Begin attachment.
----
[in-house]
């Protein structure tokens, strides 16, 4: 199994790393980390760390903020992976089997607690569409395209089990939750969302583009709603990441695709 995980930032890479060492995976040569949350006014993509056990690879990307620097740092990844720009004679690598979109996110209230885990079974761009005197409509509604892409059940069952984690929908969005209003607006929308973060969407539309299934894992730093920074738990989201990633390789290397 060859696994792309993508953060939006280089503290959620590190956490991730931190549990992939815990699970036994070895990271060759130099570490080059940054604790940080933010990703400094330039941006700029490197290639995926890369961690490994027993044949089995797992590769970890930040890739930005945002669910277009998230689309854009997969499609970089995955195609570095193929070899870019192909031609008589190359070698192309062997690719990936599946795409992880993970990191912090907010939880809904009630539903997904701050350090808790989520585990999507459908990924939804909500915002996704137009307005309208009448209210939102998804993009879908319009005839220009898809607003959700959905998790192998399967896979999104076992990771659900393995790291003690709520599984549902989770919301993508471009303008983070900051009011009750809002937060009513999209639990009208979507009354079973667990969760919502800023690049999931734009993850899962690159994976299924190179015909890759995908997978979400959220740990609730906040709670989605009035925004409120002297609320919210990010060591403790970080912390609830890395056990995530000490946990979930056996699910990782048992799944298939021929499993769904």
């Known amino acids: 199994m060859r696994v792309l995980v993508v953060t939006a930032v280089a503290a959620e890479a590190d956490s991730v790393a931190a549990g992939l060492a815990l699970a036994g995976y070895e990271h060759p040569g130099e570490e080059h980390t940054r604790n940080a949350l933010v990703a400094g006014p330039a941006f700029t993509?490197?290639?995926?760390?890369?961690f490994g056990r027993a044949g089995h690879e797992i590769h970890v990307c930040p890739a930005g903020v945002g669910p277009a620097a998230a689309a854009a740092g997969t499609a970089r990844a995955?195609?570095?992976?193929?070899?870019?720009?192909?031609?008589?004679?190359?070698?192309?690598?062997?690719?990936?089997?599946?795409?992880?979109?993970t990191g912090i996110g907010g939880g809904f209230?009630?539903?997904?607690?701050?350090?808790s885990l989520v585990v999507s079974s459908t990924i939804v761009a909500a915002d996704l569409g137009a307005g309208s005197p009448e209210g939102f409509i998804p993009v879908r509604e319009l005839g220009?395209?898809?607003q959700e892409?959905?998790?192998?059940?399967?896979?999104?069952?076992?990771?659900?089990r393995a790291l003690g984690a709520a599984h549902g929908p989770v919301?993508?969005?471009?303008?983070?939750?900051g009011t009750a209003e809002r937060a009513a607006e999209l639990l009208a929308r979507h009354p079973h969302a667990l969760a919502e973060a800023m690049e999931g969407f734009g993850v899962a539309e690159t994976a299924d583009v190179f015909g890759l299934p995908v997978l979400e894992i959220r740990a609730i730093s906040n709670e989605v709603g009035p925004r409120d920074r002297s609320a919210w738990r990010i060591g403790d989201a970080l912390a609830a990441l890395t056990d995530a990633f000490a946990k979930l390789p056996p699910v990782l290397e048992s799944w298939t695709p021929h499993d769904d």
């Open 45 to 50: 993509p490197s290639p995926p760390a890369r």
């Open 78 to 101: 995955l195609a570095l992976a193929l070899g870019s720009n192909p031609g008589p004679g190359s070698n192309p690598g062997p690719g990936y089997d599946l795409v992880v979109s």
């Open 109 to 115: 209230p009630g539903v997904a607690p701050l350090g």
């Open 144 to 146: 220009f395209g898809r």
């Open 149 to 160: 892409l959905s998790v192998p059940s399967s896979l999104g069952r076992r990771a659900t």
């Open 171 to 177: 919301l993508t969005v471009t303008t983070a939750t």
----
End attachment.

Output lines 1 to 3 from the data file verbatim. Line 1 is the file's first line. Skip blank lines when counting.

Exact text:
[in-house]
């Protein structure tokens, strides 16, 4: 199994790393980390760390903020992976089997607690569409395209089990939750969302583009709603990441695709 995980930032890479060492995976040569949350006014993509056990690879990307620097740092990844720009004679690598979109996110209230885990079974761009005197409509509604892409059940069952984690929908969005209003607006929308973060969407539309299934894992730093920074738990989201990633390789290397 060859696994792309993508953060939006280089503290959620590190956490991730931190549990992939815990699970036994070895990271060759130099570490080059940054604790940080933010990703400094330039941006700029490197290639995926890369961690490994027993044949089995797992590769970890930040890739930005945002669910277009998230689309854009997969499609970089995955195609570095193929070899870019192909031609008589190359070698192309062997690719990936599946795409992880993970990191912090907010939880809904009630539903997904701050350090808790989520585990999507459908990924939804909500915002996704137009307005309208009448209210939102998804993009879908319009005839220009898809607003959700959905998790192998399967896979999104076992990771659900393995790291003690709520599984549902989770919301993508471009303008983070900051009011009750809002937060009513999209639990009208979507009354079973667990969760919502800023690049999931734009993850899962690159994976299924190179015909890759995908997978979400959220740990609730906040709670989605009035925004409120002297609320919210990010060591403790970080912390609830890395056990995530000490946990979930056996699910990782048992799944298939021929499993769904």
């Known amino acids: 199994m060859r696994v792309l995980v993508v953060t939006a930032v280089a503290a959620e890479a590190d956490s991730v790393a931190a549990g992939l060492a815990l699970a036994g995976y070895e990271h060759p040569g130099e570490e080059h980390t940054r604790n940080a949350l933010v990703a400094g006014p330039a941006f700029t993509?490197?290639?995926?760390?890369?961690f490994g056990r027993a044949g089995h690879e797992i590769h970890v990307c930040p890739a930005g903020v945002g669910p277009a620097a998230a689309a854009a740092g997969t499609a970089r990844a995955?195609?570095?992976?193929?070899?870019?720009?192909?031609?008589?004679?190359?070698?192309?690598?062997?690719?990936?089997?599946?795409?992880?979109?993970t990191g912090i996110g907010g939880g809904f209230?009630?539903?997904?607690?701050?350090?808790s885990l989520v585990v999507s079974s459908t990924i939804v761009a909500a915002d996704l569409g137009a307005g309208s005197p009448e209210g939102f409509i998804p993009v879908r509604e319009l005839g220009?395209?898809?607003q959700e892409?959905?998790?192998?059940?399967?896979?999104?069952?076992?990771?659900?089990r393995a790291l003690g984690a709520a599984h549902g929908p989770v919301?993508?969005?471009?303008?983070?939750?900051g009011t009750a209003e809002r937060a009513a607006e999209l639990l009208a929308r979507h009354p079973h969302a667990l969760a919502e973060a800023m690049e999931g969407f734009g993850v899962a539309e690159t994976a299924d583009v190179f015909g890759l299934p995908v997978l979400e894992i959220r740990a609730i730093s906040n709670e989605v709603g009035p925004r409120d920074r002297s609320a919210w738990r990010i060591g403790d989201a970080l912390a609830a990441l890395t056990d995530a990633f000490a946990k979930l390789p056996p699910v990782l290397e048992s799944w298939t695709p021929h499993d769904d």